Discover the ancient measures with the new exhibition of the Pera Museum


The Pera Museum has brought together a new selection from the Suna and Inan Kıraç Foundation “Collection of Anatolian Weights and Measures” in an exhibition titled “The Art of Weights and Measures”.

The exhibition revolves around economics, culture, dynamics of social trust and the journey of standardization of units, aiming to explore through the eyes of civilizations, gods, merchants, masters and apprentices .

Inspired by the verse from Homer’s ‘Iliad’, the series of talks in the exhibition titled ‘And the stone fell because of its weight’ covers the era of the Assyrian trading colonies, the Hittites and the Hellenistic period, highlighting shopping, trade, weight and measurement systems in Roman, Byzantine and Ottoman times.

Generating concepts about the act of measuring and weighing meant developing both a practical and philosophical relationship with the world for ancient civilizations. As these archaic societies laid the foundation for units of weight from seeds grown in the fertile soil of Mesopotamia, they prepared the environment for the development of their civilizations through their observations of measurement. For example, the second millennium BC saw the expansion of the frontiers of exploration, with trade routes from Mesopotamia to Anatolia.

As curiosity for precision in measuring and weighing continued, myths moved from the world of gods to that of mortals, and concepts such as righteousness and justice came to be associated with the balance of the scale. While the sins of the dead were weighed on scales in ancient Egypt, scales were indispensable elements in depictions of gods and goddesses as symbols of justice in ancient Greek and Roman cultures.

In Byzantine society too, just or correct weighing had a strong moral significance and revoked the idea of ​​the weighing of souls. In the Ottoman Empire, on the other hand, the correct weighing emerged as an image that laid the foundation for trust in the context of faith as well as in commerce.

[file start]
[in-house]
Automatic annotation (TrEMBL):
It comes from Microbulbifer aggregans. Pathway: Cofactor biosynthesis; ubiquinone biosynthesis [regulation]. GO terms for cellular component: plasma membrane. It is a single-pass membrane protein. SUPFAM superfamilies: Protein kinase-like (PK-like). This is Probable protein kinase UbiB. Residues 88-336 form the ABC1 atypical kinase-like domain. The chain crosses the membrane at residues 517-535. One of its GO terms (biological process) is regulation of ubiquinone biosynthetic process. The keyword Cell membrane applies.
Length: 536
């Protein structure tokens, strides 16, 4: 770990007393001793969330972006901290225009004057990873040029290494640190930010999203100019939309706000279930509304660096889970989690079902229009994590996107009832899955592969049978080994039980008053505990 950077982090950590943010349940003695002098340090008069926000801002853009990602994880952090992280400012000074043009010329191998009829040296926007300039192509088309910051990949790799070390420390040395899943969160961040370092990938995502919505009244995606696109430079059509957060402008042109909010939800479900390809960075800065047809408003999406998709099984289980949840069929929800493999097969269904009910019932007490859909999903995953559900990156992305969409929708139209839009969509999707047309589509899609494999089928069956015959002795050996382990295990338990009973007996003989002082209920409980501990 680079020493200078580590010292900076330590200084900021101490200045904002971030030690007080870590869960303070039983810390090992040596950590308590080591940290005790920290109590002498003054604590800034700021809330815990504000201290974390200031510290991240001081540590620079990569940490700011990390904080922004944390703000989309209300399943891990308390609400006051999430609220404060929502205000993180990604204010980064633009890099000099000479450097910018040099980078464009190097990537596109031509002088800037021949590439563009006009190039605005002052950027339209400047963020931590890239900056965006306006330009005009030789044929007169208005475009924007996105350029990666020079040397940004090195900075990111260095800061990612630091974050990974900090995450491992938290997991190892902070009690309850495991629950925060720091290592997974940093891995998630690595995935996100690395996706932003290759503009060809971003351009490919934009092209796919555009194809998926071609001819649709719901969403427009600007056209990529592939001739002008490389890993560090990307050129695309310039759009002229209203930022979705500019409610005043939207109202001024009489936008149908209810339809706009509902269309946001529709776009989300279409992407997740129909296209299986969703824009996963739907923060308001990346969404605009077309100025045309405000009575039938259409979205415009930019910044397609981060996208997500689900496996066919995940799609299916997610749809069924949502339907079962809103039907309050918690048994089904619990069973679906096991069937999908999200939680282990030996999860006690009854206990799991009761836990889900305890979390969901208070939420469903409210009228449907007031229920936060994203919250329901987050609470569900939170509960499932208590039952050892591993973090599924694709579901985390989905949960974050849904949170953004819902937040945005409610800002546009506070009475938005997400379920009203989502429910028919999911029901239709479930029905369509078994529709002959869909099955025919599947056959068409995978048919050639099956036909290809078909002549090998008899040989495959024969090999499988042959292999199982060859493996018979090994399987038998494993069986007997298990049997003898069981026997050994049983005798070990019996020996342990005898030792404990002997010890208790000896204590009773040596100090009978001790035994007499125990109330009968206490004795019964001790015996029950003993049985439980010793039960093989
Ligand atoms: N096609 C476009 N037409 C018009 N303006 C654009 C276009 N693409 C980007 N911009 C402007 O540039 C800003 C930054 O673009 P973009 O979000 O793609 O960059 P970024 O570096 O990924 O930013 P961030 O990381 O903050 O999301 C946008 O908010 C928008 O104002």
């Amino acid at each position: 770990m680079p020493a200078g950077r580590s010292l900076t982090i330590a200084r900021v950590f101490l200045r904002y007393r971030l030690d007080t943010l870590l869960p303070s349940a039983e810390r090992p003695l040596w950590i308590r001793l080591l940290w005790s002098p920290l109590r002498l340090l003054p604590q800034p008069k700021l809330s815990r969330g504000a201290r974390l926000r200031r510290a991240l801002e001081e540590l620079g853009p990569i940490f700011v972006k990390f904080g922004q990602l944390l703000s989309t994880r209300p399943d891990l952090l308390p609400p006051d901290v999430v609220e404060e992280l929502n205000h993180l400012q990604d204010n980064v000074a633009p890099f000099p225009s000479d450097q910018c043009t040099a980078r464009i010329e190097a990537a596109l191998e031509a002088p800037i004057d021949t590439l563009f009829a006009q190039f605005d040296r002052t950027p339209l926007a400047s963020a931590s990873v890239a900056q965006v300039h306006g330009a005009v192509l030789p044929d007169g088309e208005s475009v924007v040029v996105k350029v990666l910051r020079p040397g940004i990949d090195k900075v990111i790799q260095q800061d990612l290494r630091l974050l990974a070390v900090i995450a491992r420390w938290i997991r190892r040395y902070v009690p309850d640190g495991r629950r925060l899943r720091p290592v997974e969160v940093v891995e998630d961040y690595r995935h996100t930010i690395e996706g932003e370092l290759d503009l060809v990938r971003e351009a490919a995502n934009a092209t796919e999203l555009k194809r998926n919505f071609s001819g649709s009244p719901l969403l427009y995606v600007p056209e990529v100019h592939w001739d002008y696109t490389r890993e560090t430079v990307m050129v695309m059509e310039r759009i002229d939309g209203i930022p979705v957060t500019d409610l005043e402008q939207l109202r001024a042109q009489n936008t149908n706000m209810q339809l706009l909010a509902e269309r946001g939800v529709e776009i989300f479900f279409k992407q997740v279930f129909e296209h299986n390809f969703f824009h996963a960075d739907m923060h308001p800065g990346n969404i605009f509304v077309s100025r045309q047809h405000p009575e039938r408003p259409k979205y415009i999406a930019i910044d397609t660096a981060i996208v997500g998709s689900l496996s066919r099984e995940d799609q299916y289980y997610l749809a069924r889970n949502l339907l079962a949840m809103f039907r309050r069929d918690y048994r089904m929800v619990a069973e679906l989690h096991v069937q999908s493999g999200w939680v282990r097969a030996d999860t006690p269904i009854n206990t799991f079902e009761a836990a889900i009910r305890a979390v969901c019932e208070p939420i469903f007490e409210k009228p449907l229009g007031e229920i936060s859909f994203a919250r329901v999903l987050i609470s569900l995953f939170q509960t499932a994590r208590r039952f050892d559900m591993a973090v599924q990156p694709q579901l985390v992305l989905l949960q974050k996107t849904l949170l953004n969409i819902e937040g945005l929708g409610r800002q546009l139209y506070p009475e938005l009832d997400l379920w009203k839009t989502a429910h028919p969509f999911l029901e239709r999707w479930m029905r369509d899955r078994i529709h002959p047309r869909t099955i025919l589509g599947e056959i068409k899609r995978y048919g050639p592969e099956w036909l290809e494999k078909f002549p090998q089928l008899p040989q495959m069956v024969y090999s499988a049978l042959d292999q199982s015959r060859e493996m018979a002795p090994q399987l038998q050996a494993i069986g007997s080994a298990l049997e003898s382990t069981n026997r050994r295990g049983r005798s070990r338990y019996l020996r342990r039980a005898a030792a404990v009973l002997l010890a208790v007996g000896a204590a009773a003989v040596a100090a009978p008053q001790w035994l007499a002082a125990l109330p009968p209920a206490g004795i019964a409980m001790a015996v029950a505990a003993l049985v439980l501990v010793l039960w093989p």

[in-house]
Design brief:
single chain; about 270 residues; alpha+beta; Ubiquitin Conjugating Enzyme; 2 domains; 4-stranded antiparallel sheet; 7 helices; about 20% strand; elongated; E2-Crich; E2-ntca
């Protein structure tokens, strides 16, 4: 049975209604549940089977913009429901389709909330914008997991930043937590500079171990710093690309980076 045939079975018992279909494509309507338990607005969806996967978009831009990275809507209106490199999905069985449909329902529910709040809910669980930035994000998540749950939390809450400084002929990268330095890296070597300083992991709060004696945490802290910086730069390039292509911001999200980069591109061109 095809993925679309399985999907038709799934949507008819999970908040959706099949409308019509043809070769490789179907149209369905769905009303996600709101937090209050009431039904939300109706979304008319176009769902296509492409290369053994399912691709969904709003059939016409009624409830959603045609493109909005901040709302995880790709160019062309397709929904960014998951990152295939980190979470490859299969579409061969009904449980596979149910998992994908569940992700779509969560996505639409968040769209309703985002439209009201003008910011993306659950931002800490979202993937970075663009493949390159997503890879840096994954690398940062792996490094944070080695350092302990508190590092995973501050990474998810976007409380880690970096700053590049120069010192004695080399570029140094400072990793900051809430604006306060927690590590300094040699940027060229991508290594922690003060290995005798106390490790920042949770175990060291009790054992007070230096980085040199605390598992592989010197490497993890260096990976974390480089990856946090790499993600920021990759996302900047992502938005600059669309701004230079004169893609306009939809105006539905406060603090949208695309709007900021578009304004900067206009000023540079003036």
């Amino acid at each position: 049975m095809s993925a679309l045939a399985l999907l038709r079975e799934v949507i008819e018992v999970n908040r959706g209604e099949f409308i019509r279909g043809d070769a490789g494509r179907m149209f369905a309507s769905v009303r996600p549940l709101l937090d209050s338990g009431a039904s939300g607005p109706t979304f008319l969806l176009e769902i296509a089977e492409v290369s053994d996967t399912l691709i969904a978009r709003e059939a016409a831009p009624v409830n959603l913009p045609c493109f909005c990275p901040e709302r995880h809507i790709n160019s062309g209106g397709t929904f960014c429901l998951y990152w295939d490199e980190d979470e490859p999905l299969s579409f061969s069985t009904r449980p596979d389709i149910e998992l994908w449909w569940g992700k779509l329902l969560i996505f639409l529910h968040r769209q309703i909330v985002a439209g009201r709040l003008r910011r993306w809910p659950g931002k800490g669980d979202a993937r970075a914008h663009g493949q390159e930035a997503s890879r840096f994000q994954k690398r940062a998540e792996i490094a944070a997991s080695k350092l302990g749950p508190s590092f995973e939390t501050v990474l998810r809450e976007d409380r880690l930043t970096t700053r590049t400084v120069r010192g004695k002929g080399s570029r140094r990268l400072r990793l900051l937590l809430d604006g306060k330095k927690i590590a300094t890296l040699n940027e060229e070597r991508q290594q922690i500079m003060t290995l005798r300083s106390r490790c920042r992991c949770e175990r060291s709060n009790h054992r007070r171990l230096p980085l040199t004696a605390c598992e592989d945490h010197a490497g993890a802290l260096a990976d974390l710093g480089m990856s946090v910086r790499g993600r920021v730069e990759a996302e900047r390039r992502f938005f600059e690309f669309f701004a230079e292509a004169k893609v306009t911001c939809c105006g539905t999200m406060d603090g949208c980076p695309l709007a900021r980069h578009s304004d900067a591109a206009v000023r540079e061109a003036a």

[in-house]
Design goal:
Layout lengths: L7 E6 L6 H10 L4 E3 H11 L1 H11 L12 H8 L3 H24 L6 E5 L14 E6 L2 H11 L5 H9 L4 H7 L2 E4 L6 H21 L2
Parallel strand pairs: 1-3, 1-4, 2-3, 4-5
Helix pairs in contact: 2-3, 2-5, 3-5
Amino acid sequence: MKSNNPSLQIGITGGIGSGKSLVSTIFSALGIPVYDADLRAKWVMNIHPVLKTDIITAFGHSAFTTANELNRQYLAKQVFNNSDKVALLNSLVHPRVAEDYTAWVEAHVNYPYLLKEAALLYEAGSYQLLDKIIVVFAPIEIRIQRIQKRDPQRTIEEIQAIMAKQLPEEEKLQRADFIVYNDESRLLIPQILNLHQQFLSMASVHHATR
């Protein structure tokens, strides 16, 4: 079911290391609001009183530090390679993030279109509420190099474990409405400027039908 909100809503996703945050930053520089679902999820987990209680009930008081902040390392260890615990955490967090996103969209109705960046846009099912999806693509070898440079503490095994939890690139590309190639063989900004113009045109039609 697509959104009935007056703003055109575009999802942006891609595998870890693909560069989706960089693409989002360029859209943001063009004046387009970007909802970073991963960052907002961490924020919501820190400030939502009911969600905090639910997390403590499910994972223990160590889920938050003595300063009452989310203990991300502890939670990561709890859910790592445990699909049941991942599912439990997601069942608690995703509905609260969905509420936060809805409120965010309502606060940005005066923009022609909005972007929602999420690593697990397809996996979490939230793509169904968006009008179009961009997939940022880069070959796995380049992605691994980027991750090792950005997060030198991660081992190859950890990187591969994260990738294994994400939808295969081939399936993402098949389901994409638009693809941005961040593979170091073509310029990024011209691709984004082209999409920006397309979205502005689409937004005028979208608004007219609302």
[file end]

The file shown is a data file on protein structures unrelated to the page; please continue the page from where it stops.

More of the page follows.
The exhibition takes its starting point from the quote from Protagoras, “Man is the measure of all things: of the things that are, that they are, of the things that are not, that they are not.” For this reason, the attempt to measure the world with a handful of units brought the ability to construct it mentally. As the measurement of discovery was mixed with myths, measuring and weighing became an important tool for self-expression for people curious about science, the universe, and the unknown beyond a physical experience.

In the previous parts of the exhibition speeches, Professor Fikri Kulakoğlu, who is leading the excavations, spoke about the trade and the weight measurement system in the ancient site of Kultepe, while Professor Ilknur Taş talked about measure and measurement in Hittite culture. Suna and Inan Kıraç Foundation Pera Museum Yavuz Selim Güler, Director of the Anatolian Weights and Measures Collection, also gave information about Roman merchants and bankers in Anatolia.

The fourth part of the series of speeches will take place on Tuesday, with the speech “State, art and weighing instruments in Byzantium” by archaeologist Brigitte Pitarakis, scientific consultant of the Istanbul Research Institute in the field of Byzantine studies . The speech can be listened to via the museum’s Youtube channel.

His speech will be based on the relationship between currency and the measurement of weight in Byzantium, and aims to place the weighing instruments produced between the 4th and 7th centuries within the framework of the commercial context in which they were used with the ideology imperialism and state control. mechanism. Weighbridge knobs and double pan weights, which also have aesthetic qualities, exemplify the versatile meanings of functional objects. The busts of the Empress and Athena prominent on the knobs of the scales serve for imperial propaganda, while the inscriptions and decorations on the scales indicate the development of state offices responsible for their control and administration. integrity between religion and state.

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